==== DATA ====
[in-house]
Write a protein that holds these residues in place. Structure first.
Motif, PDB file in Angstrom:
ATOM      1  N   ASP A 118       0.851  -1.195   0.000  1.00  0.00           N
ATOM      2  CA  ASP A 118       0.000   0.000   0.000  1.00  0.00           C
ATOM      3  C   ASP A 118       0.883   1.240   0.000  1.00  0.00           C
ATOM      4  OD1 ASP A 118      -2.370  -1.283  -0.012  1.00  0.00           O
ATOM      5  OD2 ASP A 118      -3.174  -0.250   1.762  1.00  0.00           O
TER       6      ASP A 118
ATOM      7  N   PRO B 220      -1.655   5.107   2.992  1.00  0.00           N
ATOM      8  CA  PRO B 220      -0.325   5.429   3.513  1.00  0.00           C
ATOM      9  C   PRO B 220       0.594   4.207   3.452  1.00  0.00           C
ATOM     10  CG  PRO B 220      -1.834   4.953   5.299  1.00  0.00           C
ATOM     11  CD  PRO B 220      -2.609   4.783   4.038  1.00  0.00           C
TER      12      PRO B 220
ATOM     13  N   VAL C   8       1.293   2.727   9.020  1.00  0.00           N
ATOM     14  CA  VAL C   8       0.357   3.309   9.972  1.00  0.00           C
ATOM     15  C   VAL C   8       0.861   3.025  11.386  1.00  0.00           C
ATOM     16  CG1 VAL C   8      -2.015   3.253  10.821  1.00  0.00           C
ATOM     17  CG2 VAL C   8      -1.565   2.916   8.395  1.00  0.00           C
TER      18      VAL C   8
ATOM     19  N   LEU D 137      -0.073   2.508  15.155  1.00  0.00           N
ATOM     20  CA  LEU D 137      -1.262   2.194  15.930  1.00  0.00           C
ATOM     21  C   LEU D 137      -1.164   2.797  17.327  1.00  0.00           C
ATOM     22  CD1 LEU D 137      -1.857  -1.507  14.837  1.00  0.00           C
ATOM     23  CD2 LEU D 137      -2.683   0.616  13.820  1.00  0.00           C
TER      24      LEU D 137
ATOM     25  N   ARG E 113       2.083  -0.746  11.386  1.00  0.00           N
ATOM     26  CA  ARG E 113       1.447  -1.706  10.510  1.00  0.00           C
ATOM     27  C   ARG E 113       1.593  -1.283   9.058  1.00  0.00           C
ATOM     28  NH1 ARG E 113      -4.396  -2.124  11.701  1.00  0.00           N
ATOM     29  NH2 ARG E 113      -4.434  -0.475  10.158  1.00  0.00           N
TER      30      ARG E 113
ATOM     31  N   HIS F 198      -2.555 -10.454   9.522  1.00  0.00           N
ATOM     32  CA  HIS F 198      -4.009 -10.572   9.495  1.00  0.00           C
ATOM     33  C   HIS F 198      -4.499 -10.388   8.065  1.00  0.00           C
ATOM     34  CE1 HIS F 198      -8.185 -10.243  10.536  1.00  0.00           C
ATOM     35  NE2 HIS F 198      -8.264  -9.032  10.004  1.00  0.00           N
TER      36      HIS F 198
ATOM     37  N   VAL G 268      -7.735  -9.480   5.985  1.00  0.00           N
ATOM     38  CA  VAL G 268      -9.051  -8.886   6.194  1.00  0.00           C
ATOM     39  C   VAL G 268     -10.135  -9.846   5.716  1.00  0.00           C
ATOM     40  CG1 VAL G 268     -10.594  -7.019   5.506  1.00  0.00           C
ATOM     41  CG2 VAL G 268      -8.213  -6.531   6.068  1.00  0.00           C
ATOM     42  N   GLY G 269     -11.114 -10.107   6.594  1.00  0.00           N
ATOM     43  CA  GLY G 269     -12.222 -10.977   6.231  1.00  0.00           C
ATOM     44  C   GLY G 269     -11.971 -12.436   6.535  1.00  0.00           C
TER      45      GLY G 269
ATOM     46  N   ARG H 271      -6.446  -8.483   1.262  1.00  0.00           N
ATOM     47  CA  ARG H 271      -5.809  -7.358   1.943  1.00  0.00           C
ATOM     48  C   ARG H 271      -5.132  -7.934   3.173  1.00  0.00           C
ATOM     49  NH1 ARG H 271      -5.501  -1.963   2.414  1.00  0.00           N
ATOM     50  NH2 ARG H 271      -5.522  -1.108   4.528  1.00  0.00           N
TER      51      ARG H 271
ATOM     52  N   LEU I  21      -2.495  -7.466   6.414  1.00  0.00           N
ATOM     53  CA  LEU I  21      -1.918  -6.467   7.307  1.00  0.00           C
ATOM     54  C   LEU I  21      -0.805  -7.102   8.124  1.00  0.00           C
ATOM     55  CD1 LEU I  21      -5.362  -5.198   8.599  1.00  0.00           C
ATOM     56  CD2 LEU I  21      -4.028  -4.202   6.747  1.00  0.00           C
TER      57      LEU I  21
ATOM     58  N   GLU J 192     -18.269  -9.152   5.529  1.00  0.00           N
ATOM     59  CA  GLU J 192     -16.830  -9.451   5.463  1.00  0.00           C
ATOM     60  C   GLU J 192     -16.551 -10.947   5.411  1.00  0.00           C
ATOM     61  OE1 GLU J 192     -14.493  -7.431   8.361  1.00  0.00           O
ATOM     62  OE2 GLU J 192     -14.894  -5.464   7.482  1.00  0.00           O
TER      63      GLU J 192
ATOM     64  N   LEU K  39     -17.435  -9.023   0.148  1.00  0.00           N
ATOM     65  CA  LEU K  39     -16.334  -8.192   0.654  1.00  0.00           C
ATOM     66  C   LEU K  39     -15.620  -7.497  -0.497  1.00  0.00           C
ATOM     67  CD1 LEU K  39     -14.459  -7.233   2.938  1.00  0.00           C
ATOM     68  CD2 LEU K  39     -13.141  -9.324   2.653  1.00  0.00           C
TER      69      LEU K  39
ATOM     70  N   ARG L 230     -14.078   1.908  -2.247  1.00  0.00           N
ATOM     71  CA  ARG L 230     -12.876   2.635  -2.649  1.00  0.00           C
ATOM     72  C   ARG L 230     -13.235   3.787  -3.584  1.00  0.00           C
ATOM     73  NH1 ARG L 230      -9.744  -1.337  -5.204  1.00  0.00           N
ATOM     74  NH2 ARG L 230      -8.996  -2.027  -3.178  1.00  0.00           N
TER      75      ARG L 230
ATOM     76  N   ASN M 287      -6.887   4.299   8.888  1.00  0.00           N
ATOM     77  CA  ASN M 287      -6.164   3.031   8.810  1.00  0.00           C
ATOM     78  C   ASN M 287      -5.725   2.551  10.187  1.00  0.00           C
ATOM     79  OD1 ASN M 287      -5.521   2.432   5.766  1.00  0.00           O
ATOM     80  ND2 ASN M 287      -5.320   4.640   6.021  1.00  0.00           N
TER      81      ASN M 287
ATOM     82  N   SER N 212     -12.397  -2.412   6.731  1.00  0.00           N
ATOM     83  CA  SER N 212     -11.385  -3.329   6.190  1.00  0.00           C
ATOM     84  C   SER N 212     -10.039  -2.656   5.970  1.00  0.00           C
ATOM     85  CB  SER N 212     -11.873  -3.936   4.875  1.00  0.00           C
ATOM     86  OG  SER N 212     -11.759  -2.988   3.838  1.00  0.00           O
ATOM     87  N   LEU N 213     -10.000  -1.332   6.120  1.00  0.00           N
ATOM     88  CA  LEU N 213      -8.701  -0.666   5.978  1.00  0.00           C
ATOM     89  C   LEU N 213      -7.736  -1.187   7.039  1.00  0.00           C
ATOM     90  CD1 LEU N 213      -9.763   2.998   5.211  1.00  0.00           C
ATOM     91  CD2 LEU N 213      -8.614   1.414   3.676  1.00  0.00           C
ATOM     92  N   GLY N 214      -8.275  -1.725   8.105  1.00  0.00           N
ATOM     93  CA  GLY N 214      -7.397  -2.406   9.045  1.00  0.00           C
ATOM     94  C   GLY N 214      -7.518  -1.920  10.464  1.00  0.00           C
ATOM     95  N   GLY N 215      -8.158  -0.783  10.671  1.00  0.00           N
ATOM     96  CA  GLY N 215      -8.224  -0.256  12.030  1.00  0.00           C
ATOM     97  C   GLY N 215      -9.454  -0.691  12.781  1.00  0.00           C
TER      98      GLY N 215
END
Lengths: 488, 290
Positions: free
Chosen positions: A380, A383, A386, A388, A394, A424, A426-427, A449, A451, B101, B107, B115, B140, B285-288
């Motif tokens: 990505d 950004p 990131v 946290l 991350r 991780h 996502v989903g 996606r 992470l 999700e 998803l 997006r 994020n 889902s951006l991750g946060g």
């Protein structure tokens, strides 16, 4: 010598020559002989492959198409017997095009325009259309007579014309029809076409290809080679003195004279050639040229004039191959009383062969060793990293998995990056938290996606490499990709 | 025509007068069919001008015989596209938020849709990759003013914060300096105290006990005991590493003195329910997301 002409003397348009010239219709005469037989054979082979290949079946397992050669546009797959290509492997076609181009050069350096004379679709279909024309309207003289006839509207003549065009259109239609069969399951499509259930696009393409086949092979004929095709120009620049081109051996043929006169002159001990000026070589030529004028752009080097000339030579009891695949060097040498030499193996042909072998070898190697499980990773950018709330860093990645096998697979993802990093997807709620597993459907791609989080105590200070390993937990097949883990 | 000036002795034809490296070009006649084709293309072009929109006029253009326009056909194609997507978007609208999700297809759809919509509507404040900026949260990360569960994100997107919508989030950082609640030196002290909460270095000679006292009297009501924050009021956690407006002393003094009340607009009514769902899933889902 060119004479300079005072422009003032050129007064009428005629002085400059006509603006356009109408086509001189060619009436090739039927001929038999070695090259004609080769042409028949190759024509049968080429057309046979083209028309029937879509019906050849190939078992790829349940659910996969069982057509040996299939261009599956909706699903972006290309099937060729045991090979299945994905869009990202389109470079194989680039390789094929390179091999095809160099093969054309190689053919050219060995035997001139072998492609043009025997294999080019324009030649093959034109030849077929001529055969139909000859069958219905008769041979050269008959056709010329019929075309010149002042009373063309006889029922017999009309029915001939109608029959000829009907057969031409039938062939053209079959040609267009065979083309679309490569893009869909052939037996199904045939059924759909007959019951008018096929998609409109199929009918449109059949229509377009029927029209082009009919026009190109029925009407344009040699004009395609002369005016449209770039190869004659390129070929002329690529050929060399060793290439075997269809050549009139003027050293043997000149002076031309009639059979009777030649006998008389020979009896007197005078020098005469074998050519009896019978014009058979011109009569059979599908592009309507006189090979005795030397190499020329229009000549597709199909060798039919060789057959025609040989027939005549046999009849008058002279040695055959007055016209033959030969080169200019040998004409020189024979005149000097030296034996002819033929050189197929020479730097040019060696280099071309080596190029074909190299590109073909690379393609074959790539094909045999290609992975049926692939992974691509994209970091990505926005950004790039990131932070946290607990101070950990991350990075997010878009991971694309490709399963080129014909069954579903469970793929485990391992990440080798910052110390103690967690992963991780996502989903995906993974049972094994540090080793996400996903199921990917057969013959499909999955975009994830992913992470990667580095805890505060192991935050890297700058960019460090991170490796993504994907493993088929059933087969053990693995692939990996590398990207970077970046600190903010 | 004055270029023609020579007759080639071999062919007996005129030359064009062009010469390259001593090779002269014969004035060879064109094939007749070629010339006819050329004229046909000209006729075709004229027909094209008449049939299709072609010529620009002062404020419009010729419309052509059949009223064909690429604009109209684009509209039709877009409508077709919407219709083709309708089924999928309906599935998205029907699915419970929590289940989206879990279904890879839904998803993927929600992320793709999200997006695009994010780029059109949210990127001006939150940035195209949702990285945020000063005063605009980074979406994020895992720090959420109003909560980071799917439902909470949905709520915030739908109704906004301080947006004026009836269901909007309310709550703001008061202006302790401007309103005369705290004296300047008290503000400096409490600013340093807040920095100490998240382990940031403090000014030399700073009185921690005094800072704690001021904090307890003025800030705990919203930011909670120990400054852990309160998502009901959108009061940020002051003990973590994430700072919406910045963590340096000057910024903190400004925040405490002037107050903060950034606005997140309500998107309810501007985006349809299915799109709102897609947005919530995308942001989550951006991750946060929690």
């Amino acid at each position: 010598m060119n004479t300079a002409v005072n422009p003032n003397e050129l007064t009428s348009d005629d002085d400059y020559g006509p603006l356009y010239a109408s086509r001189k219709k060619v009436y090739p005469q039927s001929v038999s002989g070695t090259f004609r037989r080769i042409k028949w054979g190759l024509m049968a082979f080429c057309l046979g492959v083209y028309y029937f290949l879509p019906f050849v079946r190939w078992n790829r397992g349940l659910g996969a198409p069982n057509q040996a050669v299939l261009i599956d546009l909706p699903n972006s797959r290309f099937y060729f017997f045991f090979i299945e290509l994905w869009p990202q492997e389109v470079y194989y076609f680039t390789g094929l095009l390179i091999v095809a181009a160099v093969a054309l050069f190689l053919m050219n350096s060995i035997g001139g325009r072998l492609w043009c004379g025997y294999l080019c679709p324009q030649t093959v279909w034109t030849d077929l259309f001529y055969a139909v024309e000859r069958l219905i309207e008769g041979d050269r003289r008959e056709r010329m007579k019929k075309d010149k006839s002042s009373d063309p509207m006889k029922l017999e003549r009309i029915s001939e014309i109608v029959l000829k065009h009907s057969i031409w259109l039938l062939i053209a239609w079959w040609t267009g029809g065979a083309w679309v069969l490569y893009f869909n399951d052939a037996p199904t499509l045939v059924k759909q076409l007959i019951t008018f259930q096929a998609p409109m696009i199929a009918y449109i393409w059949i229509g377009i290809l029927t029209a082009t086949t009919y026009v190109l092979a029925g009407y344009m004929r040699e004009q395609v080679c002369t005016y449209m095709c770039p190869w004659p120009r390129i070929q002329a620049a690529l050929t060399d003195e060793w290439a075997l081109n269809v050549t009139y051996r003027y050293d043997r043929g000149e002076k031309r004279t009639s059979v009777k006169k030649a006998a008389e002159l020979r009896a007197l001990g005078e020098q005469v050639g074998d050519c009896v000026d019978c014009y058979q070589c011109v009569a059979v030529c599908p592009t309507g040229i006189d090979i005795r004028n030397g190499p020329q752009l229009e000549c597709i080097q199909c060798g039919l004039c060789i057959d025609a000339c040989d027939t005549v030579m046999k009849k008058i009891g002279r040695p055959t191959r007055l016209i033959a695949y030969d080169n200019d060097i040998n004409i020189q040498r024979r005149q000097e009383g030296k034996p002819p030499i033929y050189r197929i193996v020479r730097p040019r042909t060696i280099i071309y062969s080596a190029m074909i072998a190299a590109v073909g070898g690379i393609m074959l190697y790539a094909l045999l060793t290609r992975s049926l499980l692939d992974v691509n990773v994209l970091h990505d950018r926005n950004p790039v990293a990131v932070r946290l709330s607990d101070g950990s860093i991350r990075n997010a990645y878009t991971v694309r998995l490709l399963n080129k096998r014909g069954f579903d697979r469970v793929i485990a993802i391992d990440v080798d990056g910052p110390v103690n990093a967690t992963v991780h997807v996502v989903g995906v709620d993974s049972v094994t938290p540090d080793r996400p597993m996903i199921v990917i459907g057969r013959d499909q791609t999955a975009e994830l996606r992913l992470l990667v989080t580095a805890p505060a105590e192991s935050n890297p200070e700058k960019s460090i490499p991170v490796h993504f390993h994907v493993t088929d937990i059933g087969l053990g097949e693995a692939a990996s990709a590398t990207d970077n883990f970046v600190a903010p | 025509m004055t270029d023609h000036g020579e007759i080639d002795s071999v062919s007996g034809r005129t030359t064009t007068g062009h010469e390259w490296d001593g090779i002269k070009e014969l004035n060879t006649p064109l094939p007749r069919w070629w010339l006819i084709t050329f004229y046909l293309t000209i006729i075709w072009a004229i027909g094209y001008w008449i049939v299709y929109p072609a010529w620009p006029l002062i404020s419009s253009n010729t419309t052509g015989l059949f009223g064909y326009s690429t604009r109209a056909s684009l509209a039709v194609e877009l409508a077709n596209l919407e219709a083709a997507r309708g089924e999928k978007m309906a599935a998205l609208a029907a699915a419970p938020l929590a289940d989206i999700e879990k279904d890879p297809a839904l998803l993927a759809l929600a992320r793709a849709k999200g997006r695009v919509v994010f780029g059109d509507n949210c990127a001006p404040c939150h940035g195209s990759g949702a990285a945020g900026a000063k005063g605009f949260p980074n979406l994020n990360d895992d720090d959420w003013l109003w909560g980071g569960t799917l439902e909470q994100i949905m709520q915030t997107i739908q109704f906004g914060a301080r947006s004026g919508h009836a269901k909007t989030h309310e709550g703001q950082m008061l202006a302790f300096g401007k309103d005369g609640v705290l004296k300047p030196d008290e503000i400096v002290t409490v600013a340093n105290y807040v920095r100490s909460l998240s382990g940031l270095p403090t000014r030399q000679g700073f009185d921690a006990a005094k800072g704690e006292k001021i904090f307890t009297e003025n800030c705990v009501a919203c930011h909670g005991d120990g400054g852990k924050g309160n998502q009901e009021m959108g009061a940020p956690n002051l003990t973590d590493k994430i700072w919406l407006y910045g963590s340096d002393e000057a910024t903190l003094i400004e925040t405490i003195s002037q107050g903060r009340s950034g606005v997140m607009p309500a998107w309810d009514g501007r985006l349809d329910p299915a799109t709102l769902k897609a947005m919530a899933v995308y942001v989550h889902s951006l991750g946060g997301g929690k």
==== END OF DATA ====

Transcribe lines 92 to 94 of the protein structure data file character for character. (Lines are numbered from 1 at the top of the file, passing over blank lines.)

ATOM     89  C   LEU N 213      -7.736  -1.187   7.039  1.00  0.00           C
ATOM     90  CD1 LEU N 213      -9.763   2.998   5.211  1.00  0.00           C
ATOM     91  CD2 LEU N 213      -8.614   1.414   3.676  1.00  0.00           C